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Sunshine v. Brett

Supreme Judicial Court of Maine

December 18, 2014

VICTOR SUNSHINE
v.
STEPHEN M. BRETT

Submitted on Briefs: September 23, 2014.

Page 1124

Judgment vacated. Remanded to the Superior Court for entry of judgment for Brett.

On the briefs: Stephen M. Brett, Pro se, appellant.

Gregory J. Orso, Esq., Orso Law, P.A., York, for appellee, Victor Sunshine.

Panel: SAUFLEY, C.J., and ALEXANDER, SILVER, MEAD, GORMAN, JABAR, and HJELM, JJ. Majority: SAUFLEY, C.J., and SILVER, MEAD, GORMAN, and HJELM, JJ. Dissent: ALEXANDER and JABAR, JJ.

OPINION

Page 1125

SILVER, J.

[¶1] Stephen M. Brett appeals from a judgment following a jury trial in the Superior Court (York County, Fritzsche, J.) in favor of local road commissioner Victor Sunshine on Sunshine's complaint to recover several years' worth of unpaid assessments for maintenance on a private road. Brett asserts that the road association failed to strictly comply with the requirements of the Private Ways Act, 23 M.R.S.A. § § 3101-3104 (1998 & Supp. 2004),[1] and that it therefore lacks the authority to collect assessments. We vacate the judgment.

I. BACKGROUND

[¶2] Ocean Circuit Drive (OCD) is a private road in Cape Neddick that provides access to sixteen parcels of property.[2] Eleven of the parcels contain homes and five are unimproved. Beginning in 1992, residents who lived along the road informally appointed a road commissioner to handle arrangements for maintenance and plowing of the road.[3] In 2003, the group of neighbors decided to form a road association pursuant to the Private Ways Act. Donna Hayford, one of the residents of OCD, sent notice of the association's first meeting to all residents who, in her judgment, used OCD " on a regular basis." She contacted everybody who " use[d] the road, that benefited from the road," but she did not notify the owners of all sixteen lots with rights of access over OCD.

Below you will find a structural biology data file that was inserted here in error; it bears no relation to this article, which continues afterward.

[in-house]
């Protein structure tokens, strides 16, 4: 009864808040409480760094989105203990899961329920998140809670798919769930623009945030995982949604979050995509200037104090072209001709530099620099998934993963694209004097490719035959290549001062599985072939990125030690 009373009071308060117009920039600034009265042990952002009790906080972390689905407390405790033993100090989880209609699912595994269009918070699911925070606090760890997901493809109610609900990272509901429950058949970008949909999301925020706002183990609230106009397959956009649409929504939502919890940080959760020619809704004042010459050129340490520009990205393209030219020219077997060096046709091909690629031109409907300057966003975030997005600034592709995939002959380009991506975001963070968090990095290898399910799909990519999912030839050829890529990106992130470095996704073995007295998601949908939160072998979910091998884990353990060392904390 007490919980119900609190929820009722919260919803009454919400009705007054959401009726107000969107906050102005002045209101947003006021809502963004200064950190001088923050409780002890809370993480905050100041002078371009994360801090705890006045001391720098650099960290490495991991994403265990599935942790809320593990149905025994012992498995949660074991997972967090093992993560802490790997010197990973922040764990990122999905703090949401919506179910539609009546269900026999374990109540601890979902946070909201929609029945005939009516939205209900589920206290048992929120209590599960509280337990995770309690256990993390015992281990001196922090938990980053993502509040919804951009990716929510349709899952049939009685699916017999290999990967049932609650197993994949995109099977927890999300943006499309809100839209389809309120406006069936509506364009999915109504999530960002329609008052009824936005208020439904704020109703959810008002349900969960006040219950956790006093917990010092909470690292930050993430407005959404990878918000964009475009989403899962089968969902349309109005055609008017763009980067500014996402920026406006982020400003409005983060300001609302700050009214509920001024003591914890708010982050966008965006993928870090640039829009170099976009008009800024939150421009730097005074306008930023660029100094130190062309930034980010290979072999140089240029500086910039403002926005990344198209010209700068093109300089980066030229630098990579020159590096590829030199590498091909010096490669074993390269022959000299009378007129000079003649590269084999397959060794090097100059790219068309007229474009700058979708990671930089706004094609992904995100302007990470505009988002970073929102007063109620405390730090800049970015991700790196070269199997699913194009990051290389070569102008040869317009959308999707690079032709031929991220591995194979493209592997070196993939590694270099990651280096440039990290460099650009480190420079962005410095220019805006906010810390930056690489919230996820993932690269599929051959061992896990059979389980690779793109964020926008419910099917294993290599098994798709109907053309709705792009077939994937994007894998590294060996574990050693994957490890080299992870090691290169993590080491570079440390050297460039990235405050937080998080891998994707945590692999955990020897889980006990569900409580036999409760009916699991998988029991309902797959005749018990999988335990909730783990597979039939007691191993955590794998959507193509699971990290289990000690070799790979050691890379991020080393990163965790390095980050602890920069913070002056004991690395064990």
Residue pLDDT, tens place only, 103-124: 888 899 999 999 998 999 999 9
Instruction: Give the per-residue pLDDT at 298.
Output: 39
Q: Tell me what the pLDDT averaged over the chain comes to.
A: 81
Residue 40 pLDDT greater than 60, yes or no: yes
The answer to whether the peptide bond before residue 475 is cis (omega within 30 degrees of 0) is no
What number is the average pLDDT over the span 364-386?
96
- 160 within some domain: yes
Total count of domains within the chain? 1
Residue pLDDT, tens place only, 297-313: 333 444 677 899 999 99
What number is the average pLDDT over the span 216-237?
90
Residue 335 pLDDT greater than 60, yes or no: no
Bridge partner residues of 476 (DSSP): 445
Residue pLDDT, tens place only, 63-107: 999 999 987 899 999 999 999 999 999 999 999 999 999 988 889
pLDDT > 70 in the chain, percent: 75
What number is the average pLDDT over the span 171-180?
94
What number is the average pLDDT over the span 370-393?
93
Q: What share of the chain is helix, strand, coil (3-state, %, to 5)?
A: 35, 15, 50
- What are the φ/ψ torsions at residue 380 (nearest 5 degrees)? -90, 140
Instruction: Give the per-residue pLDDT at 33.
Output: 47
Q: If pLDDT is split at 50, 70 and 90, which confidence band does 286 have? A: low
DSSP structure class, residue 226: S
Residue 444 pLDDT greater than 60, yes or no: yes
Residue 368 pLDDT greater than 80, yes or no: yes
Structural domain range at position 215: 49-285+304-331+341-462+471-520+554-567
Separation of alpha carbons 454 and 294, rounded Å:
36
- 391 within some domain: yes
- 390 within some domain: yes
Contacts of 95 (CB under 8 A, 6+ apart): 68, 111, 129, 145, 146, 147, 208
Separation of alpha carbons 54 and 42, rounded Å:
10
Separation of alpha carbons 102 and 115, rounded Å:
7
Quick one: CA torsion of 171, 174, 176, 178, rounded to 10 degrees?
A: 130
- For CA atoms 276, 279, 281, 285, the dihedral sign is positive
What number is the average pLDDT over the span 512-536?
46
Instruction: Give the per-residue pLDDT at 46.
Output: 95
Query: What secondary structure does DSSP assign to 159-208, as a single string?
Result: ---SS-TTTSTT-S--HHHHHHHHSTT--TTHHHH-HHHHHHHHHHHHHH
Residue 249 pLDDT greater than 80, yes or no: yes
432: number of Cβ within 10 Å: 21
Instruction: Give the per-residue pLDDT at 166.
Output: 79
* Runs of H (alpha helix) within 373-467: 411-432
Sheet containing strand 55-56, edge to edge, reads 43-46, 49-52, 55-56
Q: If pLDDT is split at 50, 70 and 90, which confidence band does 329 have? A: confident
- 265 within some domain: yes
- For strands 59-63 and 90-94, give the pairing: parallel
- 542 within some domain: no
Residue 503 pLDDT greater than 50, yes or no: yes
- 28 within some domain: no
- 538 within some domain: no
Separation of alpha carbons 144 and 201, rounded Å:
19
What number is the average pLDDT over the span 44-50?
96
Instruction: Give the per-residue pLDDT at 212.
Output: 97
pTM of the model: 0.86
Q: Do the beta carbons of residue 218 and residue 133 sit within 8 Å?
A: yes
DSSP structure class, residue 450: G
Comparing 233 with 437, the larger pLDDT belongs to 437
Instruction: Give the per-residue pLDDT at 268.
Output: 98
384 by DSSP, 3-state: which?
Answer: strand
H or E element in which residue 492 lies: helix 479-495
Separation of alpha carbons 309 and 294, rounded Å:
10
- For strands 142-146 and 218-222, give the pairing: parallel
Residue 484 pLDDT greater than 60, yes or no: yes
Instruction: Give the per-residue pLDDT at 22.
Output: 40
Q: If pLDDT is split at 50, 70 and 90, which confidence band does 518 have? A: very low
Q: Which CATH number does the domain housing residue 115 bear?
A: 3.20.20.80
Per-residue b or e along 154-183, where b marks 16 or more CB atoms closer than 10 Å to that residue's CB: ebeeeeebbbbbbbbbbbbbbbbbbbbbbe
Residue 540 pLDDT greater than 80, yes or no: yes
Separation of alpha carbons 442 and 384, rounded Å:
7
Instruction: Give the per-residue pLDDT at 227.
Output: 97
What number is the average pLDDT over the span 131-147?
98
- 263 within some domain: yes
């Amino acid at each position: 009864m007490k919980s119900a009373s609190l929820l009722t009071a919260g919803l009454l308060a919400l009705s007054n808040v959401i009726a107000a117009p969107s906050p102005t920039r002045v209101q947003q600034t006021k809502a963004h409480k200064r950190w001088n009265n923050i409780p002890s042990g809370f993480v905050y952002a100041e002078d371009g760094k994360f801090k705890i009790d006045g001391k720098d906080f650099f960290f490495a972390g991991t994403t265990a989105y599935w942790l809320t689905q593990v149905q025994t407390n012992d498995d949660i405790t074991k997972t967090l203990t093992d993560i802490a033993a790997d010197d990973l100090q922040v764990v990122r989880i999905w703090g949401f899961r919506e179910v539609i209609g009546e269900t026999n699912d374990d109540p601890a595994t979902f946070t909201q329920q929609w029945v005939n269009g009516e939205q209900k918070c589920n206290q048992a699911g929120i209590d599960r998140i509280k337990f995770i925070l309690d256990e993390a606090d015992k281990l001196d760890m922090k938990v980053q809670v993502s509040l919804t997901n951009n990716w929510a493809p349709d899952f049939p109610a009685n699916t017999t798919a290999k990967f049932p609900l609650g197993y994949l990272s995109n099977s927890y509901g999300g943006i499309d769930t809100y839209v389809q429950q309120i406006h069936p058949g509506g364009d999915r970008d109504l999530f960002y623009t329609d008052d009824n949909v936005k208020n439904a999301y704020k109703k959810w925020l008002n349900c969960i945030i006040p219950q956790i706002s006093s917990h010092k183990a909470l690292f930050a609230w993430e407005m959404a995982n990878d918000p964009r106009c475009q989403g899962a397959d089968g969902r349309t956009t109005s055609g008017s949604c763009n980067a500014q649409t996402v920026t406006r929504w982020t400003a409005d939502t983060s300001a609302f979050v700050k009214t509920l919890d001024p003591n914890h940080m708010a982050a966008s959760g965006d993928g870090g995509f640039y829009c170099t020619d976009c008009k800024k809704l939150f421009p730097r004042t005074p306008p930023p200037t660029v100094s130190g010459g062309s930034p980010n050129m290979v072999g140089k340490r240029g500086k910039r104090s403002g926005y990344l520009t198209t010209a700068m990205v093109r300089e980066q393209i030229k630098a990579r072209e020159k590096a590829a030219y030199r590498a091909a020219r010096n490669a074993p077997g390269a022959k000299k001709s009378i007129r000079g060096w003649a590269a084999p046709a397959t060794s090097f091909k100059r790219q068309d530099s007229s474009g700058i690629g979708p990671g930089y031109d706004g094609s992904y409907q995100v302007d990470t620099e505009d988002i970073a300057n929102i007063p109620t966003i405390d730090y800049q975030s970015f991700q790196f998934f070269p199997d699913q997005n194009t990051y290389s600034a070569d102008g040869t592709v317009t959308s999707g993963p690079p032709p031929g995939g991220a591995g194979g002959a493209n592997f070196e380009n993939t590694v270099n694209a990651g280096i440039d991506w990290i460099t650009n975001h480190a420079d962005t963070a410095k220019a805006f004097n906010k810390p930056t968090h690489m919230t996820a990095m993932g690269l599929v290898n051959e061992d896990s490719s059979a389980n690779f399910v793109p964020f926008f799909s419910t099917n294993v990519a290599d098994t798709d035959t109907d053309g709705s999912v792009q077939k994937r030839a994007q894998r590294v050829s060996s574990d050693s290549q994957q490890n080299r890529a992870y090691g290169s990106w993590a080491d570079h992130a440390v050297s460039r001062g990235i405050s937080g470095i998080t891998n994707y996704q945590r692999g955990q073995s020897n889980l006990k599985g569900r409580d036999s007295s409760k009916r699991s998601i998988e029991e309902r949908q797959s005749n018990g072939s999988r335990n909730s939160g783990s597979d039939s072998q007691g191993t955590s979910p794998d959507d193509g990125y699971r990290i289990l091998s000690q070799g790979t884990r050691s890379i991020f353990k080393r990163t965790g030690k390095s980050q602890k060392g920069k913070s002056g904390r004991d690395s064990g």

Page 1126

[¶3] At the association's first meeting in 2004, Hayford was elected road commissioner and all of the attendees, including Brett, signed a " Road Maintenance Agreement." The attendees also unanimously agreed that owners of lots without structures would not be billed for maintenance because they did not make as much use of the road, and those who lived east of Lake Carolyn, closer to the public road, would each contribute only 75% of a share, while homeowners living further down the private road would each contribute 125% of a share.

[¶4] A few days later, Brett placed a letter in Hayford's mailbox indicating that he was revoking his signature on the agreement and requesting additional documentation concerning the division of maintenance costs. The letter stated that Brett would remit payment upon receipt of the requested materials. Although Hayford provided the documentation he requested, Brett never attended another association meeting and never paid any of the bills he received from the association. The association continued to bill Brett annually for his share of maintenance ...


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